Both the soccer field and the men’s program needed a spruce up job. Friday against Bryant University, 7 p.m., will be the first showing for how far new head coach Kenny Arena is on both.
To swim down the fault stream of FIU Soccer Field just sends anyone who cares screaming for tequila, so let’s just use the old reliable “What a dump.” But Thursday morning, Arena stood at the field checking out some of the improvements being made that’ll make the field more presentable.
“We’ve tried to make the players understand that this is a very important program with a very rich tradition,” Arena said. “We’ve tried to upgrade everything from the way we practice to our facilities, to make this an environment that not only looks very professional, but operates very professionally. It’s what this program deserves based on what the program has achieved.
The nod to that tradition comes from the replacement for the last connection to that tradition. Munga Eketebi – All-American player on the great mid-1980s FIU teams that were as good as any at any level, longtime assistant coach, then head coach – couldn’t beat NCAA sanctions and Conference USA. A 5-8-2 record last year left him at 27-51-9. Sacking Eketebi as the program finally got back to full scholarships reeked of both unfairness and an understandable desire to just start anew.
FIU showed signs of being something like what it once was last season. Against ranked teams, they went 1-0-2 and lost in overtime to perennially good SMU. But it also included a loss to Georgia state and getting smoked badly at Tulsa and Memphis.
“We definitely had a strong squad,” said senior defender Anthony Hobbs, FIU’s lone representative on the preseason All-Conference USA team. “It was whether we were going to turn out to play or not. Against the better teams we did well, we competed with them. Against teams we should beat, we just didn’t show up.”
In addition to Hobbs, FIU returns sophomore forward Quentin Albrecht, who lead the team in goals, and senior midfielder Lucas Di Croce, third on the team in scoring. Freshmen outnumber seniors, 8-5.
When I asked Arena about his emphasis on the postive, he covered more ground than grass in an interesting answer:
“There’s going to be times you have to critique, but if you do it in the right way, everybody enjoys learning. So, it’s my responsibility to make sure that they want to come to work every day. That they enjoy this experience. But also that the experience is very challenging.
“I respect the fact that they have a lot of responsibility, being student/athletes and playing. We demand a lot out of them as an athletic department to serve in the community. Being a student-athlete today is one of the hardest jobs. When we’re done as an athlete, I don’t think the first couple of years when we have careers that it’s as hard as it is when we’re here. These guys train from 8 to 10 in the morning. that means they’re up at 6 eating breakfast. Then they have treatment, weights, they have classes, they have community service. Then they have to study, they have games. It’s a very exhausting, but very rewarding experience.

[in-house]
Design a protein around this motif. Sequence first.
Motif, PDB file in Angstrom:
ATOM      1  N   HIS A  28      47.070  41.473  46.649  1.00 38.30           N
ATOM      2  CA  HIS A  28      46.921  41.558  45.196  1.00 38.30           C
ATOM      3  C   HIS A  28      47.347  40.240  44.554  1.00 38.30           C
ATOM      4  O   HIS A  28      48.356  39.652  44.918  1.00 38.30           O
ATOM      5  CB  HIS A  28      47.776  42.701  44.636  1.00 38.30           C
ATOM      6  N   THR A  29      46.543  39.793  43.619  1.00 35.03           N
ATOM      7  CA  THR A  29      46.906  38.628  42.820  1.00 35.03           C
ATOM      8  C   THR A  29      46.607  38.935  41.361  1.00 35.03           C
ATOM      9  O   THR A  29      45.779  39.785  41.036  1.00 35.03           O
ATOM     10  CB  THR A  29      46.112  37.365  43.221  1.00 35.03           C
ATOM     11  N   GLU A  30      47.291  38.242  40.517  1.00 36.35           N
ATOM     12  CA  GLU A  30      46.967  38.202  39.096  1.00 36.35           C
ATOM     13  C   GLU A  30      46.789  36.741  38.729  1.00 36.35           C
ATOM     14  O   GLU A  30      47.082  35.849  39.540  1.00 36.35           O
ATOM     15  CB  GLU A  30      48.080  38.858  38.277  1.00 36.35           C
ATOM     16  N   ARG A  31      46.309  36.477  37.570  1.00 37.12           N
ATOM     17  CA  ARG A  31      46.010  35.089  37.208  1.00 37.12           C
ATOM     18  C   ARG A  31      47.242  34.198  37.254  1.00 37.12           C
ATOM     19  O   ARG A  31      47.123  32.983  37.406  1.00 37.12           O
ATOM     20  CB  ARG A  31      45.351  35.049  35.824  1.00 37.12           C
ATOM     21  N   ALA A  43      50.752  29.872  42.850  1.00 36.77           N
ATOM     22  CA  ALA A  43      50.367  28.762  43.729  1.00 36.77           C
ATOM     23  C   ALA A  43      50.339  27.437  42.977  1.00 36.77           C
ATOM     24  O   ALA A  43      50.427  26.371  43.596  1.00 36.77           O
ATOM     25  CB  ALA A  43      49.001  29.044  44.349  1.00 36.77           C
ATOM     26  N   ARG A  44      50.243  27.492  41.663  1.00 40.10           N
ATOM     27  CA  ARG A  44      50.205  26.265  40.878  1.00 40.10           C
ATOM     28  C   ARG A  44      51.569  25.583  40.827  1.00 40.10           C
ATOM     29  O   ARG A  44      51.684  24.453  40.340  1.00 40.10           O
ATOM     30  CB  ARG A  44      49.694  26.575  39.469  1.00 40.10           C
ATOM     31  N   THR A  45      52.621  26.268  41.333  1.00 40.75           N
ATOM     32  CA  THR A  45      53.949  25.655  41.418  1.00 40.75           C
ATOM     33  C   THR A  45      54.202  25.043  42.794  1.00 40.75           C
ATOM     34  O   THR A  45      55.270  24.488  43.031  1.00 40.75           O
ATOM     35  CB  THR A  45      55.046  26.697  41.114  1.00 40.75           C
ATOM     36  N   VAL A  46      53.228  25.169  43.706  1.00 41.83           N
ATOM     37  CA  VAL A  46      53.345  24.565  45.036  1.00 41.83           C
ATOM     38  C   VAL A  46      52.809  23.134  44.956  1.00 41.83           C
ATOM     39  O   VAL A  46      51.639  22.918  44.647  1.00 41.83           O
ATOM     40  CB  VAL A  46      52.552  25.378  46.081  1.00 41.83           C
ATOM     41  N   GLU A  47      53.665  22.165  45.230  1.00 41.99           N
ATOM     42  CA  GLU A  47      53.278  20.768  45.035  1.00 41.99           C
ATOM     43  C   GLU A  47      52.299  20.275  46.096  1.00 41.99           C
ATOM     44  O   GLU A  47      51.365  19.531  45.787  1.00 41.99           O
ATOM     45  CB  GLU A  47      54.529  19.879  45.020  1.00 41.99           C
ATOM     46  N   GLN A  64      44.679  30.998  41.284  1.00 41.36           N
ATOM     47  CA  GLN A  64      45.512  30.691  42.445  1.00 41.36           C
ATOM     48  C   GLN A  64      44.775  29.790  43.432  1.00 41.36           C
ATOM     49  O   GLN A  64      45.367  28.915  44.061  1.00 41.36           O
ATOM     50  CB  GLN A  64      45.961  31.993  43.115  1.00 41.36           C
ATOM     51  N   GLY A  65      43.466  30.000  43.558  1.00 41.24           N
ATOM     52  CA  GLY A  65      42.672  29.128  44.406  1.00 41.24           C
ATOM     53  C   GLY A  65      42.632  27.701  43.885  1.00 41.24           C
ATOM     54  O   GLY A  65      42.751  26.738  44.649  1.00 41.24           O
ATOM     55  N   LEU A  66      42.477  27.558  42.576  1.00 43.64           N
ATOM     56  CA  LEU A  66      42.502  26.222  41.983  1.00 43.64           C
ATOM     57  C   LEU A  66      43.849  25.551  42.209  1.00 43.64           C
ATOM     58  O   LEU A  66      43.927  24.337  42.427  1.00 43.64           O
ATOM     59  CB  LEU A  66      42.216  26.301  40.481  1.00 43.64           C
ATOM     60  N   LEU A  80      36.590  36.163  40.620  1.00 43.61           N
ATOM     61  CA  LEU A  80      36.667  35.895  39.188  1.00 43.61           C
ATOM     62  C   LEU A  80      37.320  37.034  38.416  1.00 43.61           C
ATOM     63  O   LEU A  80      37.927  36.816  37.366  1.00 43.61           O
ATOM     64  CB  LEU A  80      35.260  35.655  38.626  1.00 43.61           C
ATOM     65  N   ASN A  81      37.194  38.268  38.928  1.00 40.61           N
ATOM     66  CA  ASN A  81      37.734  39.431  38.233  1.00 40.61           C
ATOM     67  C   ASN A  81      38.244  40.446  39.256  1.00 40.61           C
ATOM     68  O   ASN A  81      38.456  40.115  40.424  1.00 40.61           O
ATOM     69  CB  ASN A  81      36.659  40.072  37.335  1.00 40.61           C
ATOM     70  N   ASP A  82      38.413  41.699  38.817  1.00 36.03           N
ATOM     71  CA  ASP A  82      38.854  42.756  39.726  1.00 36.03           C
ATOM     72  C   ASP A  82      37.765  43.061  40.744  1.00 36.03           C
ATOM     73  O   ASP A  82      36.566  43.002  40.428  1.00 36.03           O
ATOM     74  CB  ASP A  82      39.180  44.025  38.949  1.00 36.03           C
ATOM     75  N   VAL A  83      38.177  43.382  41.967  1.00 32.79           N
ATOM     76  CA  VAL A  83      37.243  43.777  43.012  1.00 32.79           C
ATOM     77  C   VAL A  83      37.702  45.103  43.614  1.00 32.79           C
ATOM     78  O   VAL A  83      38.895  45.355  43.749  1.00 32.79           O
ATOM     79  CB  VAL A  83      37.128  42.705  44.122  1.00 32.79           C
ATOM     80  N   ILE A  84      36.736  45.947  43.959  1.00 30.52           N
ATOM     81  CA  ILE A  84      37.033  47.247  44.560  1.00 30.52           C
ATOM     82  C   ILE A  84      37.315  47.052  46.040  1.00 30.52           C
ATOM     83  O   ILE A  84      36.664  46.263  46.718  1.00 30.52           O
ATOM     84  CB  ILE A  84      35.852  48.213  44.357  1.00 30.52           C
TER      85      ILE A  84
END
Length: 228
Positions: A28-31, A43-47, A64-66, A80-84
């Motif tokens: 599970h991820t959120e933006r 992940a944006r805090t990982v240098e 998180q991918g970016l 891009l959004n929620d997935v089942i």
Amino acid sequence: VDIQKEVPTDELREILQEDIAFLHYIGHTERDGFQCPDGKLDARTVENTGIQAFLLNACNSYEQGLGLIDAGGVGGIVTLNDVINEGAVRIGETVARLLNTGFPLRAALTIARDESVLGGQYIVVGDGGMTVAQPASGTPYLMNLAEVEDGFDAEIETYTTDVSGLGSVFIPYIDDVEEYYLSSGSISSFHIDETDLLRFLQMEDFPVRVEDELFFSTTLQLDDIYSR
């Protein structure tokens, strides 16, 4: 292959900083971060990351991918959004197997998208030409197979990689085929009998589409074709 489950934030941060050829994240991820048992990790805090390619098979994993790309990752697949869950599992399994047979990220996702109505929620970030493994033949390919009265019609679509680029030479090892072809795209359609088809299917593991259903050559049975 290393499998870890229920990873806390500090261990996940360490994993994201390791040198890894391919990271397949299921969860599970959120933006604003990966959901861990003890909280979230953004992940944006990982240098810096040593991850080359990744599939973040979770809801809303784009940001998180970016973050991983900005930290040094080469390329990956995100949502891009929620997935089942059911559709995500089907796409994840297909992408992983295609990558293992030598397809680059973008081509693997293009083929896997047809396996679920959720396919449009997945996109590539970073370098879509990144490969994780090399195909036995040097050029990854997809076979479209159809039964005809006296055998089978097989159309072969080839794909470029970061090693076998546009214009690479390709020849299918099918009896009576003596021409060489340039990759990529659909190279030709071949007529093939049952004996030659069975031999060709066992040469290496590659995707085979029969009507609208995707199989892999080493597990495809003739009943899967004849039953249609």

“If you’re asking them to do that much, then it’s our job to make it a positive environment so that you keep them going.”
Just as men’s hoop coach Richard Pitino clearly got his half his chromosomes from Rick Pitino, Kenny Arena couldn’t be more recognizable as the son of former U.S. National Team coach and current Los Angeles Galaxy coach Bruce Arena. I asked Arena, 33 hours ahead of his first game as a college head coach, to name the one or two biggest things he’s learned from each coach he’s worked under.
“Bob Bradley was very disciplined. He made sure everyone was held accountable all the time,” Kenny Arena said. “My father, he treated each player with an incredible amount of respect and gave them their freedom, but found a way to have a culture that every time they stepped on the field, they gave it everything they had.
“The last coach I worked with, (UCLA’s) Jorge Salcedo, he was very organized,” Arena said. “He found a way to make life easier for the players, whether it was during practice or traveling. From the details of the hotel to what they’re eating to the timing of all that stuff, he made sure everything was organized so all operations ran smoothly and I found that helped the overall psyche of athletes. When everything’s organized and thought of ahead of time, they can just concentrate on playing.”
Last week, Mario Cristobal declared Jeremiah Harden "1A," close to Kedrick Rhodes at running back. I asked the pecking order and if Harden and Rhodes were even going into the season.
"Ked is No. 1. Ked's going into the game first," Cristobal said. "Those other guys have earned playing time. Both Harden and Mallary have pushed really hard. They've got to play. theyr'e smart, they're tough, they've made good plays in practice. Shane Coleman, he's getting better. He's not at the level of Harden and Mallary yet, but he's a guy you feel comfortable putting in the game as well."